Alas, school has ended for us here, so my morning walks to school with Lily are no more — for the moment. Though we did venture out one humid, sweaty morning to take a loop around the neighborhood, somehow it just wasn’t the same: it was not a lovely cool morning, we weren’t walking at the brisk pace required to get to school on time, and truthfully, we should have brought her brother along too (on school days, he was perfectly content to wave to us from the bus).
But on those cool, brisk mornings when we did walk, here’s what happened:
* We talked about god: what she thinks god is, what I think god is, what other people think god is. How god is all around us, and in us, and how god connects us all together.
* We ate honeysuckle nectar – from the same bush, every morning, like a small ritual.
* We stuck our noses in fragrant blooming gardenias and rolled our eyes at the sweet perfumy scent. Same for magnolias.
* We talked about the environment, prompted by the trash and recyclables we spotted along the way.
* We held hands, we sang, we greeted neighbors.
* Lily jumped down into and explored a culvert, invisible to us for years as we flew by in our car. We speculated about where the tunnel went after she could no longer follow along.
* We noticed dew drops on the backs of fallen leaves that looked like glass beads, sparkling in the sunshine, and looked for them every day. She commented on how the dew on the grass, when hit by the sun, sparkled like fairy jewels.
* We waved to friends as they pulled into the school in their mom’s cars.
* We had time for an unhurried, leisurely kiss, hug and goodbye in the school lobby, I felt that my daughter had been properly delivered to school, and then I hoofed it back with my iPod at a more longer-legged pace, arriving worn ass out at home after a total of an hour and a half walk. (And yes, I lost a few pounds.)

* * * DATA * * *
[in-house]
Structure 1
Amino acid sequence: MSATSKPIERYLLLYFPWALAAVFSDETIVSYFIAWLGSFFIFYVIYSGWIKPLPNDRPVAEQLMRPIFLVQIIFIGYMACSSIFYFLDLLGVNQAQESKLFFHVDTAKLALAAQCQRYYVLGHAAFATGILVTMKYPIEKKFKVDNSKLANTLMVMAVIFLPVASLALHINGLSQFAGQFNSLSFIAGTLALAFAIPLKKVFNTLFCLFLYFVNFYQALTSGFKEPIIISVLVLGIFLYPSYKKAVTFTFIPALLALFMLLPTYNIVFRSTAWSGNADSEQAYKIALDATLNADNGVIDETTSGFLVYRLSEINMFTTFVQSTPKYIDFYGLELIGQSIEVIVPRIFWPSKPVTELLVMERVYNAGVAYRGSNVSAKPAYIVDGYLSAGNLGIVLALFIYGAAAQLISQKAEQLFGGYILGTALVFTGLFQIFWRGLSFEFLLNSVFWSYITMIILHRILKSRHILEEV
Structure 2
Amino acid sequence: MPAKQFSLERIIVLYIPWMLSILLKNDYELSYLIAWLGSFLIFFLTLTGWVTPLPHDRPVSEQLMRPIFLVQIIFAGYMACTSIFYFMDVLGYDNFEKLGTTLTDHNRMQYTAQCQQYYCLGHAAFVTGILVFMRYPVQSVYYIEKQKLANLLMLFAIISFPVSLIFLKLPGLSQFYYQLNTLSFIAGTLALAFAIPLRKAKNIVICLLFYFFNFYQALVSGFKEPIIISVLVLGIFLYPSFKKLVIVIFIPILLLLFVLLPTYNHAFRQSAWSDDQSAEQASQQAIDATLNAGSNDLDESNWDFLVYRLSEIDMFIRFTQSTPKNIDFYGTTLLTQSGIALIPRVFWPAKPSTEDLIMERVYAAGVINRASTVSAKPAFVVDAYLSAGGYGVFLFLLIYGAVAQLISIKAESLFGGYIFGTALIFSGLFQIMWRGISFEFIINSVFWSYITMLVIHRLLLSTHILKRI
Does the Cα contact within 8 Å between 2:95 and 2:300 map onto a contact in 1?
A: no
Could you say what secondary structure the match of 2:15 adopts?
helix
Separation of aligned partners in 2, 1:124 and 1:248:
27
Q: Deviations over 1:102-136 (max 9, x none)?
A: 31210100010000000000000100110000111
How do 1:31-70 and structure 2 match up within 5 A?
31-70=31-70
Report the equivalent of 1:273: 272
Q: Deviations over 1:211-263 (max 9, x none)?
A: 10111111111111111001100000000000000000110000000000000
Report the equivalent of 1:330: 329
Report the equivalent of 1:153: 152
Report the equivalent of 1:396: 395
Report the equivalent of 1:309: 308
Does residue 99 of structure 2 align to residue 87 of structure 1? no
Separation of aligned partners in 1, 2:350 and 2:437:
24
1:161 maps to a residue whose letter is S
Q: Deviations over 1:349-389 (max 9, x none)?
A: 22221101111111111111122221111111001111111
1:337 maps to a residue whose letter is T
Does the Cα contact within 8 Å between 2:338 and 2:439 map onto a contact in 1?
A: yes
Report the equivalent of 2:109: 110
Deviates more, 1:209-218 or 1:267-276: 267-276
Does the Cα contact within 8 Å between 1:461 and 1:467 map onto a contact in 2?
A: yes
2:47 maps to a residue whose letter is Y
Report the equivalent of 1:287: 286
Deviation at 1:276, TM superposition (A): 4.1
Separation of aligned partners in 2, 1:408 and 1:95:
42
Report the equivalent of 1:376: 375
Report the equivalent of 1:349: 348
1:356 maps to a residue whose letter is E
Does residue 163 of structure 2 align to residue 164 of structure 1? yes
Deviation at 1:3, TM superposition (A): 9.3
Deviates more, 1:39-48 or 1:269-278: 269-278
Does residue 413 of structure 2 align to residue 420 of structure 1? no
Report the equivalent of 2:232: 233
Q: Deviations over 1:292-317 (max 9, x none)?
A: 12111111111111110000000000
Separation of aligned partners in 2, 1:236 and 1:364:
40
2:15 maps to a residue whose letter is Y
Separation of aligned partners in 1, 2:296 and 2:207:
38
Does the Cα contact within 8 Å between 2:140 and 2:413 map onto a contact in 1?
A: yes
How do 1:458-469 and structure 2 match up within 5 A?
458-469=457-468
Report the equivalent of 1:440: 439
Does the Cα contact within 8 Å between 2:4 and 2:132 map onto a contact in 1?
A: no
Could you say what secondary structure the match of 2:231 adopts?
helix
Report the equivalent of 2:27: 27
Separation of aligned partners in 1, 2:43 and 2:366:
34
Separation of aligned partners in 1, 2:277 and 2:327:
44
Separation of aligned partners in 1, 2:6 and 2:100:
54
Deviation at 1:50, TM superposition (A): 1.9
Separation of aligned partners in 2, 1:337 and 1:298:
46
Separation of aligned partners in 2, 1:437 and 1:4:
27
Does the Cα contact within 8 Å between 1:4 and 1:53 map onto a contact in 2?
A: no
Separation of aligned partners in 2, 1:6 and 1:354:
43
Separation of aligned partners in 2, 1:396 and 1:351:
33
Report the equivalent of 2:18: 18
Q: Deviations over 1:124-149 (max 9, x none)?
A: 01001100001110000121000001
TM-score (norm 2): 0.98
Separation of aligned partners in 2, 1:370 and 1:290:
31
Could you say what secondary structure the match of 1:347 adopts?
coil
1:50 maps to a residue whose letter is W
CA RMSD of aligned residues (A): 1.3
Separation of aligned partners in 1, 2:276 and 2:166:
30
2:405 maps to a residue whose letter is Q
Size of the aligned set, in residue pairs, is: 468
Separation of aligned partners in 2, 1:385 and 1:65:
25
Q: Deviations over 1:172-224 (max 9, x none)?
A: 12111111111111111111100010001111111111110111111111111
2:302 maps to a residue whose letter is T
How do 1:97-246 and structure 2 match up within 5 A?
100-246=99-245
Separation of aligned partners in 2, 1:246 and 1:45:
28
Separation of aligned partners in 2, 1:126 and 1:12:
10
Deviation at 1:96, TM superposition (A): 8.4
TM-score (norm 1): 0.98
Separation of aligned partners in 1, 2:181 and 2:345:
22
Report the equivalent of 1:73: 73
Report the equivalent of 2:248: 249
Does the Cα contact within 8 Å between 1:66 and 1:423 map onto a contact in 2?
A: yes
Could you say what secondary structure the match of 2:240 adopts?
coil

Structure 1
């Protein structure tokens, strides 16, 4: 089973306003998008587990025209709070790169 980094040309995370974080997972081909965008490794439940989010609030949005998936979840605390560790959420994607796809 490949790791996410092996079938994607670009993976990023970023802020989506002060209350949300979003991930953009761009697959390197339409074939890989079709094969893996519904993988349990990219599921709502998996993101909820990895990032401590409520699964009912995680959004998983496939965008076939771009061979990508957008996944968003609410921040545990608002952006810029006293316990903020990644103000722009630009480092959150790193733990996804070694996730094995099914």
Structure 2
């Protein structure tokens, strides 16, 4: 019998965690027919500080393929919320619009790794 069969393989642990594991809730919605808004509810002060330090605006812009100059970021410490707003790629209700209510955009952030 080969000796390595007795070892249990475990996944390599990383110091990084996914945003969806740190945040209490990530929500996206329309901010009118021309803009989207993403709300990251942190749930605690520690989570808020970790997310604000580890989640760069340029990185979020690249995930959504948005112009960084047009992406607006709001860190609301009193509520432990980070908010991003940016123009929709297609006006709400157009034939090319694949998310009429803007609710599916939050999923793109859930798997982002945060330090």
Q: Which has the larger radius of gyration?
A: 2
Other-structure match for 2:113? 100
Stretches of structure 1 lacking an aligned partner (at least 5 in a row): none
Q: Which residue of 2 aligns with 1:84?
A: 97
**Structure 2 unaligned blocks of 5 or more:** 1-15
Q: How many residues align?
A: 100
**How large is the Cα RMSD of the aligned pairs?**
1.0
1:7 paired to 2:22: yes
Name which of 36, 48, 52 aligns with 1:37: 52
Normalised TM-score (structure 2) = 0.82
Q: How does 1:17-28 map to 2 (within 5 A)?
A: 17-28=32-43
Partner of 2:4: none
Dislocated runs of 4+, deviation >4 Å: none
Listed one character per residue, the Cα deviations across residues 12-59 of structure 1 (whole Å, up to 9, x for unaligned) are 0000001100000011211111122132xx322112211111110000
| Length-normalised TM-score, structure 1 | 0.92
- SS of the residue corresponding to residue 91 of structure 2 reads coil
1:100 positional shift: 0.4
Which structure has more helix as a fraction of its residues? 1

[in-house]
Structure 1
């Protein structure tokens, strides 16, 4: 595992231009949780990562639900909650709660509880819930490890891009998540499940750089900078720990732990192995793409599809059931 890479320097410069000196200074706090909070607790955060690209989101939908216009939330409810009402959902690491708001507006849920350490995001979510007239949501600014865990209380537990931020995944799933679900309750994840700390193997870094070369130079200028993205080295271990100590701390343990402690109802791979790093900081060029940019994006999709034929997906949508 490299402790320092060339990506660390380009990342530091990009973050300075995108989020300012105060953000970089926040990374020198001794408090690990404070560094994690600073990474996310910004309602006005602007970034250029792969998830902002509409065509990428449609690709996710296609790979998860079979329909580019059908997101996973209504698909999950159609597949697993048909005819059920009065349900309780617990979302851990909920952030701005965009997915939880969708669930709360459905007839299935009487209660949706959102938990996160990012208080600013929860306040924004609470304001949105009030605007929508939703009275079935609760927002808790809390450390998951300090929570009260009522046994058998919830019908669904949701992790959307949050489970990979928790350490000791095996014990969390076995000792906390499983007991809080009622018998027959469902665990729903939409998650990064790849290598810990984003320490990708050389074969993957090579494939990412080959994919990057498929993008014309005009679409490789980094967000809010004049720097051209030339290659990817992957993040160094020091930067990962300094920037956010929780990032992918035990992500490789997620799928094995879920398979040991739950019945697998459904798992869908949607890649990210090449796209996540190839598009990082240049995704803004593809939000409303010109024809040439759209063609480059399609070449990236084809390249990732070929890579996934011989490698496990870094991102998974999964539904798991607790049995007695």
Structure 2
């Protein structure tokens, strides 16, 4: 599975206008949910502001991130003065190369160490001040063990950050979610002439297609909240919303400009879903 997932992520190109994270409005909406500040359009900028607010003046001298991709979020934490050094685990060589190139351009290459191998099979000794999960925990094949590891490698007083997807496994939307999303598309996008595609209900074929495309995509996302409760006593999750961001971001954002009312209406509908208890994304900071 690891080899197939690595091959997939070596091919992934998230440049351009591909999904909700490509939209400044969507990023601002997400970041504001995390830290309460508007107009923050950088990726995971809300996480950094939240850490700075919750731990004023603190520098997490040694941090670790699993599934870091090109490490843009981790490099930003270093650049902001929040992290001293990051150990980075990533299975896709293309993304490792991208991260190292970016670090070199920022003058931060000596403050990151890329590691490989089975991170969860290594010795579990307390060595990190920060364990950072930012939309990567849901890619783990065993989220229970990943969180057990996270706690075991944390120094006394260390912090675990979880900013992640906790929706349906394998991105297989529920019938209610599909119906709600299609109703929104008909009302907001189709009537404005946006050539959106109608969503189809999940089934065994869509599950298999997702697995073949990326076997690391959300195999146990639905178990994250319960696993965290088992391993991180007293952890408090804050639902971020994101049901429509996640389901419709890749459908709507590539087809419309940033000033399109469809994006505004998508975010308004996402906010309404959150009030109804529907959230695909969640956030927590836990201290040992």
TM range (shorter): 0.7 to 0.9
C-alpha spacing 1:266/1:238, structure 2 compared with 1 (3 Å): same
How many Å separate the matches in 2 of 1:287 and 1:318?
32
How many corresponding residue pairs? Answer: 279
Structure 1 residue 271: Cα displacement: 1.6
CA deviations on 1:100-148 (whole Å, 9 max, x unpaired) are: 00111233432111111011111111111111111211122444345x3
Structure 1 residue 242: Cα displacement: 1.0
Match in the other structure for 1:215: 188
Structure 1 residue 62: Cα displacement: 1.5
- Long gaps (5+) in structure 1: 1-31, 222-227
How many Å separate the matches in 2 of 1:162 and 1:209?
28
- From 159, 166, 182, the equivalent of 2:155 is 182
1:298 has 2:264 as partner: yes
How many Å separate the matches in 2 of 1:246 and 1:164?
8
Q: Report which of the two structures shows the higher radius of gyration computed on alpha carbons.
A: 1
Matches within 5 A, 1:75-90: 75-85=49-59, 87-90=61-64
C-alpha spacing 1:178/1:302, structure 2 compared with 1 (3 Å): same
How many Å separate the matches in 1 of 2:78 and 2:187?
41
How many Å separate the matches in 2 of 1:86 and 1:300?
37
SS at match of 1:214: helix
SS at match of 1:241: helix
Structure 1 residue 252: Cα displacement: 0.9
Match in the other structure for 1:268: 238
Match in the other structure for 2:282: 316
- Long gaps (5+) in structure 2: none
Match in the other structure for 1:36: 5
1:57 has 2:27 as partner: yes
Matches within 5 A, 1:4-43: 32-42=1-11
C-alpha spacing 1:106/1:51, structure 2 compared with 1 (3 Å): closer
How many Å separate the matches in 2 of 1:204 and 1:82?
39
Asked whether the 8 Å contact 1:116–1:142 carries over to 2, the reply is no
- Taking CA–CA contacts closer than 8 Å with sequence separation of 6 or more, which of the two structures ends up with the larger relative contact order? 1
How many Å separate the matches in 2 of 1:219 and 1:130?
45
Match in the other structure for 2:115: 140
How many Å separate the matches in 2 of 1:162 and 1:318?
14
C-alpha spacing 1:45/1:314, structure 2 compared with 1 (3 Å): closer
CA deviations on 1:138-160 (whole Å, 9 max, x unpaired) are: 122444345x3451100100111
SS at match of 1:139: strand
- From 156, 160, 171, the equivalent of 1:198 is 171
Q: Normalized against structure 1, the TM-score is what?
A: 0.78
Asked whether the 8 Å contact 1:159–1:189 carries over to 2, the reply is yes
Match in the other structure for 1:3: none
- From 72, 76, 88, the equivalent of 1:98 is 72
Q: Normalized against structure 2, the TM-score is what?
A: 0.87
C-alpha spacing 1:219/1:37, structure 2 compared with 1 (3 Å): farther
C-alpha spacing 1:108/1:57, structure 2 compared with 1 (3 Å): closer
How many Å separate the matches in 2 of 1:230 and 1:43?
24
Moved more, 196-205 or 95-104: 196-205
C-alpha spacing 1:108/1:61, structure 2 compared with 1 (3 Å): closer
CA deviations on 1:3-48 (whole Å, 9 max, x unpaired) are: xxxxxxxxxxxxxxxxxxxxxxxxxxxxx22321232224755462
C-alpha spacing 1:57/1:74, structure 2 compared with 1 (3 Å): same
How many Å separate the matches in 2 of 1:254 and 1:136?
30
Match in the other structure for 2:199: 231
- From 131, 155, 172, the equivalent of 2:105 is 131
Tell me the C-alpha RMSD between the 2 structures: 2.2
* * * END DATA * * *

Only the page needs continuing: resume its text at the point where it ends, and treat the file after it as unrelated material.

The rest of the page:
You might be wondering when the rainbows and unicorns were going to enter the scene, but honestly, it was the sweetest, most open-eyed, one-on-one quality time I’ve spent with my daughter in a long, long time. I had nothing pulling at my attention (laundry, dishes, a schedule) but her, and there was nothing I could possibly have nagged her about (clean your room, brush your teeth, leave your brother alone, do your homework) other than to perhaps walk a tad bit faster. It was a little 45 minute vacation in the truest sense of the word. And we were doing it twice a week!
Long before Walk to School Day, and long before our bi-weekly girls’ walks, my friend and RPP contributor Out of the Blue wrote “A Suburban Mom Walks the Walk — Literally.” While her reasons and results were somewhat different than ours, I believe that shows what a universally good thing this simple idea is. While walking to school released her son’s restless energy and exercised her dogs, Lily and I obviously had a different, yet equally and fabulously beneficial, experience. I wonder what yours would be like.
I can’t wait to do it again. When it’s cooler.
Red Pill Mama